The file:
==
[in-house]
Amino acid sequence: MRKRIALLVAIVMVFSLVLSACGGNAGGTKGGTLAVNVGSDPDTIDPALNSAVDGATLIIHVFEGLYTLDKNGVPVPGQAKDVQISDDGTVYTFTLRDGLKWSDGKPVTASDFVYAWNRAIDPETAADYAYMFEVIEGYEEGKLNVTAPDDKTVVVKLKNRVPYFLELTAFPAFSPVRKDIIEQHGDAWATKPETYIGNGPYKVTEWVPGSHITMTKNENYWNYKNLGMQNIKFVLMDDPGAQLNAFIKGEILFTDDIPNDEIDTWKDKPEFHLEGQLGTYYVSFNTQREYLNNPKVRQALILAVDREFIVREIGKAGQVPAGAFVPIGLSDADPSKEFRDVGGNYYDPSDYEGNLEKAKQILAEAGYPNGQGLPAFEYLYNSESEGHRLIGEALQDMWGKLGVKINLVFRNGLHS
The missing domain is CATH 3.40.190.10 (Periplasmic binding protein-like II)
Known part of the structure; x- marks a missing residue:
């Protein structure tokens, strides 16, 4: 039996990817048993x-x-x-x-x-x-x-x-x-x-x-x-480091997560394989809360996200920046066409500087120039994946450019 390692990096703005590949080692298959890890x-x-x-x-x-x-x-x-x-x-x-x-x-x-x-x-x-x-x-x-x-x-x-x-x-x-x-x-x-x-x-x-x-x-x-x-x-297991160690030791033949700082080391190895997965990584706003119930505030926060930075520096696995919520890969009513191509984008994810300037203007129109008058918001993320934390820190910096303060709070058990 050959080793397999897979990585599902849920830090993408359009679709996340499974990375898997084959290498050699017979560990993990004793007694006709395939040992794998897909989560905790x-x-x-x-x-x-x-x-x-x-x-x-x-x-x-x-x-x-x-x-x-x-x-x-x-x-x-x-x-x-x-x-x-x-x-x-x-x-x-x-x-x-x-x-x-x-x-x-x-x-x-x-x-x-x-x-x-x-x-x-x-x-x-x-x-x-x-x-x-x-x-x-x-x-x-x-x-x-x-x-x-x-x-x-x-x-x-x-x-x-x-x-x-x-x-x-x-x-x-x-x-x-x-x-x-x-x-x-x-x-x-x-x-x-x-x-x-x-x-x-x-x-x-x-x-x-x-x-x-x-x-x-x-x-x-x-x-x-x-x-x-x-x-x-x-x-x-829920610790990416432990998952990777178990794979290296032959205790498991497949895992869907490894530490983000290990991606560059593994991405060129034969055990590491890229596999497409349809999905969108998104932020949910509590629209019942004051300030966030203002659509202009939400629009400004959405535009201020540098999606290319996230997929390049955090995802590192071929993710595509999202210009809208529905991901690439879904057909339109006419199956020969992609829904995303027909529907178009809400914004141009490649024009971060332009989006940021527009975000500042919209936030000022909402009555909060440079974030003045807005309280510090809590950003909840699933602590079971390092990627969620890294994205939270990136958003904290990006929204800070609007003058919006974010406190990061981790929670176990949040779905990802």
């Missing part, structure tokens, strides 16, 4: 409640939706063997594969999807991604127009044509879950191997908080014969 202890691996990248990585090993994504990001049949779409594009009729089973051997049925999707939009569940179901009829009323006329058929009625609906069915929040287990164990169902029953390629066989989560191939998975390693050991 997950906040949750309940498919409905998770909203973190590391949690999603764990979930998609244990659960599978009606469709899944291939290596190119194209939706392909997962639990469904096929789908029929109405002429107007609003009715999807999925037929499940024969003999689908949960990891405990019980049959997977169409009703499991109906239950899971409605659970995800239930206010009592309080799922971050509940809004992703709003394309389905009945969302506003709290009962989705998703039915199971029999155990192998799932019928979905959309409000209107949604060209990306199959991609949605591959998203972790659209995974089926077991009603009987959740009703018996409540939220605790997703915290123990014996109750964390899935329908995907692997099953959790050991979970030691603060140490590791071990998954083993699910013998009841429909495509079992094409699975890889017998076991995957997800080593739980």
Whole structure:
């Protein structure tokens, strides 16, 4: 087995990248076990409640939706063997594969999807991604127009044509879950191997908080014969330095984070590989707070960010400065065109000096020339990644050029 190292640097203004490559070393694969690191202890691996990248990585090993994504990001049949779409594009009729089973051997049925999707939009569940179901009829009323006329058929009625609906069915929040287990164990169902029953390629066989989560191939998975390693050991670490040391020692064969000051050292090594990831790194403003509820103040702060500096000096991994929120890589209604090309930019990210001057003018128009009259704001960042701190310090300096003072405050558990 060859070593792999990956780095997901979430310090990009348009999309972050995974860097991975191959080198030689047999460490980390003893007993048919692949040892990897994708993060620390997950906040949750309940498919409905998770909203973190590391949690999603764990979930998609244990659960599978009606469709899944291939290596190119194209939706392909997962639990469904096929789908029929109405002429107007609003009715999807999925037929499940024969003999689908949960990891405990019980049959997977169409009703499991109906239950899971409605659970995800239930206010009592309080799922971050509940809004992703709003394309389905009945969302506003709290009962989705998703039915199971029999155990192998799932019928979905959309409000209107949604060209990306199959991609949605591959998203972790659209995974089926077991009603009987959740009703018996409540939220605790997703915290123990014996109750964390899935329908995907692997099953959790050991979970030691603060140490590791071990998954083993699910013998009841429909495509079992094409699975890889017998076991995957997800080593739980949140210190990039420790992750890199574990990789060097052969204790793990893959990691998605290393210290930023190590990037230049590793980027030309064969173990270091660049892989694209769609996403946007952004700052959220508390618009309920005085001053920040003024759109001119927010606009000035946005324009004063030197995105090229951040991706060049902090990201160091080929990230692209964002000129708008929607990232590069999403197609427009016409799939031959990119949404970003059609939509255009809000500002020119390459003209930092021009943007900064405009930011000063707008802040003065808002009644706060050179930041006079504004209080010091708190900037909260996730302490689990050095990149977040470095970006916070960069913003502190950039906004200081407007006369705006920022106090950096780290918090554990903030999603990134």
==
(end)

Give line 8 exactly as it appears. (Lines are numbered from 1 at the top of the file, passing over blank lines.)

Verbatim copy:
């Protein structure tokens, strides 16, 4: 087995990248076990409640939706063997594969999807991604127009044509879950191997908080014969330095984070590989707070960010400065065109000096020339990644050029 190292640097203004490559070393694969690191202890691996990248990585090993994504990001049949779409594009009729089973051997049925999707939009569940179901009829009323006329058929009625609906069915929040287990164990169902029953390629066989989560191939998975390693050991670490040391020692064969000051050292090594990831790194403003509820103040702060500096000096991994929120890589209604090309930019990210001057003018128009009259704001960042701190310090300096003072405050558990 060859070593792999990956780095997901979430310090990009348009999309972050995974860097991975191959080198030689047999460490980390003893007993048919692949040892990897994708993060620390997950906040949750309940498919409905998770909203973190590391949690999603764990979930998609244990659960599978009606469709899944291939290596190119194209939706392909997962639990469904096929789908029929109405002429107007609003009715999807999925037929499940024969003999689908949960990891405990019980049959997977169409009703499991109906239950899971409605659970995800239930206010009592309080799922971050509940809004992703709003394309389905009945969302506003709290009962989705998703039915199971029999155990192998799932019928979905959309409000209107949604060209990306199959991609949605591959998203972790659209995974089926077991009603009987959740009703018996409540939220605790997703915290123990014996109750964390899935329908995907692997099953959790050991979970030691603060140490590791071990998954083993699910013998009841429909495509079992094409699975890889017998076991995957997800080593739980949140210190990039420790992750890199574990990789060097052969204790793990893959990691998605290393210290930023190590990037230049590793980027030309064969173990270091660049892989694209769609996403946007952004700052959220508390618009309920005085001053920040003024759109001119927010606009000035946005324009004063030197995105090229951040991706060049902090990201160091080929990230692209964002000129708008929607990232590069999403197609427009016409799939031959990119949404970003059609939509255009809000500002020119390459003209930092021009943007900064405009930011000063707008802040003065808002009644706060050179930041006079504004209080010091708190900037909260996730302490689990050095990149977040470095970006916070960069913003502190950039906004200081407007006369705006920022106090950096780290918090554990903030999603990134």